The new Light Peak spec, now branded by Intel and Apple as Thunderbolt, is getting lots of press today. Everyone is talking about how fast it is and comparing it to 1394 and USB 3.0. Sure its faster, but everyone is missing the point. It is an attempt to unify all data cables into one, specifically by including your monitor in the daisy chain. This is great, but with some big caveats.

There are a couple of nice graphics to try to get this point across at a high level. It puts together a USB-like BUS with a DisplayPort signal, and breaks them out again at the other end. Nobody has done it before, and it is very cool. Sure there are KVM and propriety cable bundles that carry audio/USB/PS2 and DVI or Analog all at once, but these are pale precursors. Merging and splitting encrypted discrete data types on shared pins at this speed is something completely different.

Before getting to the problems it is important to note why nobody has done it before. Video needs huge amounts of bandwidth, it requires fancy hardware-based processing (at least for encrypted traffic), and all at a high clock speed.  Just getting to the high speeds while implementing the complex modern protocols has been a challenge, and tossing in other other complex protocols makes it exponentially more complex. As for the high clock speeds, video cards are expensive items that can afford the high-speed circuitry whereas the various serial ports were meant to be universally cheap. Finally, unlike the Ethernet and TCP/IP protocols which do handle different data types simultaneously, monitors and many serial devices are not tolerant to delays due to collisions or bandwidth constraints. Congrats to Intel, it is an impressive feat.

USB 2.0, the current reigning champ of serial data transfer, was released in April 2000. Almost 11 years later Thunderbolt is released, and we’ll start seeing the wave of products in 2012. If it is crowned the winner over USB 3.0 and DisplayPort, then we can logically assume it will be around for a while, say 10 years. This is great for manufacturers and standard peripherals, and bi-directional 10Gbps sure feels like an infinite  amount of bandwidth.

1080p HD only takes 3.7Gbps (1920×1080 x 60fps x 30bbp), but don’t forget that we apparently all want 2 channels for stereoscopic 3D video, so be sure to double it to 7.4Gbps. Since Thunderbolt has a total of 10Gbps upstream it seems like a perfect fit for a world of HD content. After all, 2.6Gbps upstream  and 10Gpbs downstream (which is basically untouched) is plenty for video cameras, scanners, and even external drives.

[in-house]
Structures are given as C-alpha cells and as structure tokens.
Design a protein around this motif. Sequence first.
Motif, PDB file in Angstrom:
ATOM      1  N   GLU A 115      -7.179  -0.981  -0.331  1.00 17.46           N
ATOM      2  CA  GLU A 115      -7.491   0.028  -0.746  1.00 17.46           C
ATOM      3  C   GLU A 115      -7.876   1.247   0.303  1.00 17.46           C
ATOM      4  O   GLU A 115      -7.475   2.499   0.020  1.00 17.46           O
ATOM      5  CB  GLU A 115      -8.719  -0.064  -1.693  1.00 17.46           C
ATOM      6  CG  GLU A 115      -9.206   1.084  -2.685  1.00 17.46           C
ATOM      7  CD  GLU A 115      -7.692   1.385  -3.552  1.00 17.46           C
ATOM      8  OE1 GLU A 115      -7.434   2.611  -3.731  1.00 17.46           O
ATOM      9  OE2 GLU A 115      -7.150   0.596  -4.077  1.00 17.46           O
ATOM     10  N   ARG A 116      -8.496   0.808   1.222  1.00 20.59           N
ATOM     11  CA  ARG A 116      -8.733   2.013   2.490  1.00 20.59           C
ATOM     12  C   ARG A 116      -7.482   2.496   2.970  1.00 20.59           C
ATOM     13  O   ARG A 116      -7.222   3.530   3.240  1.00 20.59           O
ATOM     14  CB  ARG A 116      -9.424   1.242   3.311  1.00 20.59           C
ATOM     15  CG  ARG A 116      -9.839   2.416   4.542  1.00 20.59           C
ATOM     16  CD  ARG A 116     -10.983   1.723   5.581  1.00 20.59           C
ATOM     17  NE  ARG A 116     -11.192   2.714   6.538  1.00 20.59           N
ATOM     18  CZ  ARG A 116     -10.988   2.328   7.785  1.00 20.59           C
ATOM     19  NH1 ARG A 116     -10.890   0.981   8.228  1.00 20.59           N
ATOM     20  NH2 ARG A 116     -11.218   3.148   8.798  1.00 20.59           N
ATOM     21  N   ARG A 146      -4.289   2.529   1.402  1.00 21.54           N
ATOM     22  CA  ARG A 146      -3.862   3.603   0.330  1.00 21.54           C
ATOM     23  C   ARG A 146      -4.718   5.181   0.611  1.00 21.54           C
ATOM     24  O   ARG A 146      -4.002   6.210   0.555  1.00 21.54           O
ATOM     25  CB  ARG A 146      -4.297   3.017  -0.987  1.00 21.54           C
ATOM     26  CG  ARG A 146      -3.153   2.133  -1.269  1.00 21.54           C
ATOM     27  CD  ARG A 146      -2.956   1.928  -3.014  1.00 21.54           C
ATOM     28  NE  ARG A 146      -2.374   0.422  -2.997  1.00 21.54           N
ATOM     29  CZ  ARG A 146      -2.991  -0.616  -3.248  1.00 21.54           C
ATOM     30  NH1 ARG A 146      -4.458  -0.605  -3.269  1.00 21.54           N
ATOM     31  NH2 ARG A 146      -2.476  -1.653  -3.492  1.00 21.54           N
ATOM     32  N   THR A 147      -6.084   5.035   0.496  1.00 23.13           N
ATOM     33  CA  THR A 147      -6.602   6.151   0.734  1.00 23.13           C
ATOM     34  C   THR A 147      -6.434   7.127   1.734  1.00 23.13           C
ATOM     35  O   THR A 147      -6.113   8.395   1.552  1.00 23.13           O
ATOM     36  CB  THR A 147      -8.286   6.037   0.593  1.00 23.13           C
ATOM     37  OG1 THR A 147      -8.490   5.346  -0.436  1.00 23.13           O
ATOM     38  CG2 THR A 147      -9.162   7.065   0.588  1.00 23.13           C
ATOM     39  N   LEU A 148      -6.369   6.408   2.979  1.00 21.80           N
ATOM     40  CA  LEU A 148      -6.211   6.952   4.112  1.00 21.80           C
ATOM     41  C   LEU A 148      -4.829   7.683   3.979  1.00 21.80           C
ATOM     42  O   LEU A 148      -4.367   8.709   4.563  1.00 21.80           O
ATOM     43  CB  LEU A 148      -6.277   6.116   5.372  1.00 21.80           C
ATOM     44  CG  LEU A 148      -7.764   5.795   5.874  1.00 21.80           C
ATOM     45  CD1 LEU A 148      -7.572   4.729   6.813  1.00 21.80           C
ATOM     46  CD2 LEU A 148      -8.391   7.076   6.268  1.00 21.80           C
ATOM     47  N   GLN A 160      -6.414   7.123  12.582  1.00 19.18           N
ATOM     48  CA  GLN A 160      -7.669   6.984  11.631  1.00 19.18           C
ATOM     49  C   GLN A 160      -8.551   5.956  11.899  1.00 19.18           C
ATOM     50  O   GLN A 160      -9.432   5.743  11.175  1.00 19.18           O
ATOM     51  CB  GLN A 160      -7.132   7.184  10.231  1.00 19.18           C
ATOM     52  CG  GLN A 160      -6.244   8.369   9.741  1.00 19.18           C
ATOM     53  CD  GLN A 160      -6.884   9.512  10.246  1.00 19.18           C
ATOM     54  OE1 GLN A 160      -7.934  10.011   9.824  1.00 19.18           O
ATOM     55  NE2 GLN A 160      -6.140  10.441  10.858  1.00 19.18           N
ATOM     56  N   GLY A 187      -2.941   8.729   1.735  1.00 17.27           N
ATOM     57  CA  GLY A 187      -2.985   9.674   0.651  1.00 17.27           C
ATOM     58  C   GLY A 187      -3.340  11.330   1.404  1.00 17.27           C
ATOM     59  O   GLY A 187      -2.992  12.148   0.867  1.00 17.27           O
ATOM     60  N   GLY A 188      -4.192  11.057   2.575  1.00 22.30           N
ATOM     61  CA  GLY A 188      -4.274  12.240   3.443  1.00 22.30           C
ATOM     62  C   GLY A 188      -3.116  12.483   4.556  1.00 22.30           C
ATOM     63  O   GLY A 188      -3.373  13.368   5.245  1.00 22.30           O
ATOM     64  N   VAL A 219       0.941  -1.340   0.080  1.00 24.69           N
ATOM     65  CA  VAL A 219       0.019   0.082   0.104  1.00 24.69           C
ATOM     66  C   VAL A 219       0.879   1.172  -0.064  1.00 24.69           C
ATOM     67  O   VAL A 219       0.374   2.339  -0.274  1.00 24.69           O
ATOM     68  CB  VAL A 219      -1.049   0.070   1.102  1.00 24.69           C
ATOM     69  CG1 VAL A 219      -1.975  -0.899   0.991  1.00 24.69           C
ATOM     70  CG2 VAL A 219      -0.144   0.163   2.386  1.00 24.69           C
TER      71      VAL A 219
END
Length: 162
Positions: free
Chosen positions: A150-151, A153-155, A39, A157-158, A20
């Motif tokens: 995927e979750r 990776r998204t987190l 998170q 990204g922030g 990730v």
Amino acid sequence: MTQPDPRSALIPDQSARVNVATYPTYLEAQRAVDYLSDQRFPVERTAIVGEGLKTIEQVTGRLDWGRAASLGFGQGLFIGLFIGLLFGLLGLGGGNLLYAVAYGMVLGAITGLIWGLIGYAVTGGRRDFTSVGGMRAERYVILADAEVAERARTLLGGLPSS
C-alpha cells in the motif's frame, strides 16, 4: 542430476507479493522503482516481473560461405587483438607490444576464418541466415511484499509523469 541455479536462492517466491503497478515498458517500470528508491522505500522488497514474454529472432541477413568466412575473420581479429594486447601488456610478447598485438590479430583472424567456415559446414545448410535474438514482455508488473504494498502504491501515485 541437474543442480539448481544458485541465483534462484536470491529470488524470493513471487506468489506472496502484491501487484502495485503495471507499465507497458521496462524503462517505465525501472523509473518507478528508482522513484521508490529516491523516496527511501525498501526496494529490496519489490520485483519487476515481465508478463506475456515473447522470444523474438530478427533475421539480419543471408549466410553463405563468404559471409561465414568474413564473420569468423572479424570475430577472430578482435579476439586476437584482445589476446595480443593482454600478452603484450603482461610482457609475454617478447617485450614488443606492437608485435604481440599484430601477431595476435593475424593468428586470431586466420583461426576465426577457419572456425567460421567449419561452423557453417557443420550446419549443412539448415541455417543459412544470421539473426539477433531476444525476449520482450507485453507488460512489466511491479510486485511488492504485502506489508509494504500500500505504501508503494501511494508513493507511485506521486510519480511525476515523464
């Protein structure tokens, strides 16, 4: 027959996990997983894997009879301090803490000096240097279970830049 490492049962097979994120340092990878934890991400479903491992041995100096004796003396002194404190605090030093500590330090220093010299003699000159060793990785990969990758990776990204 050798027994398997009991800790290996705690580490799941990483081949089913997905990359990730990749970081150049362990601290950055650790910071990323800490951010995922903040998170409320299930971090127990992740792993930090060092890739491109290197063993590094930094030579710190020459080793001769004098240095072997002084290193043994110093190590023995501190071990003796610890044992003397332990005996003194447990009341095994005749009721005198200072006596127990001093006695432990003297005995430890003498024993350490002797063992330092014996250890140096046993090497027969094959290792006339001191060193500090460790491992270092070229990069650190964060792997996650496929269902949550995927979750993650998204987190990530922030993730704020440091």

It feels like a huge amount of headroom, but when your’re talking about monitors, it really isn’t. And today in is 2011, what will I want on my desk in 2022?

Thunderbolt will hold back screen resolution.

Apple started the journey to higher density pixel count with its retinal display. For years I’ve been looking forward to a vector and scalable world where all monitors weren’t stuck at a max of about 100ppi, save a few very expensive medical imaging screens. Trending towards 250dpi for all screens would allow for a new revolution in quality devices, and the iOS/Android/WebOS wars would make it happen in amazing ways. Despite the trend of making fixed 1920×1080 resolution screens as big as you can, I had high hopes – until today.

Although the released information is still a bit vague, Thunderbolt can apparently handle 2 single-link DVI connections, where each single link DVI is a bit more than 1080p, so you can drive two 1920×1200 monitors for example. On the DisplayPort side, thunderbolt will only support up to 2 DisplayPort lanes, each of which represents 4.3Gbps, which handles two full HD streams nicely.

A true DisplayPort has a maximum effective throughput of 17.28Gbps. A 3840×2160 monitor running at 60hz and 30bpp uses roughly 15Gbps of that, which is more than the total 10Gbps supplied by the Thunderbolt spec. My 2560×1600 monitor uses 7.3Gbps which appears to fit into the Thunderbolt 10Gbps limit, but Thunderbird won’t support binding two DisplayPort lanes together. And don’t even think about 2K or larger video.

Just for comparison, a 10″ tablet at 250dpi is 8″ x 250 pixels per inch x 6″ x 250 pixels per inch x 30 bbp x 60 fps = 5.4Gbps, which is already over the Thunderbolt single screen limit. The 3840×2160 screen that uses 17.28Gbps from above is just a 17.62″ 4:3 screen at 250ppi.

Not only will Thunderbolt hold back the screen ppi revolution, but it won’t even be compatible with native resolutions for today’s high end monitors. Even though the prices have come down considerably, large format screens may remain a costly specialty item.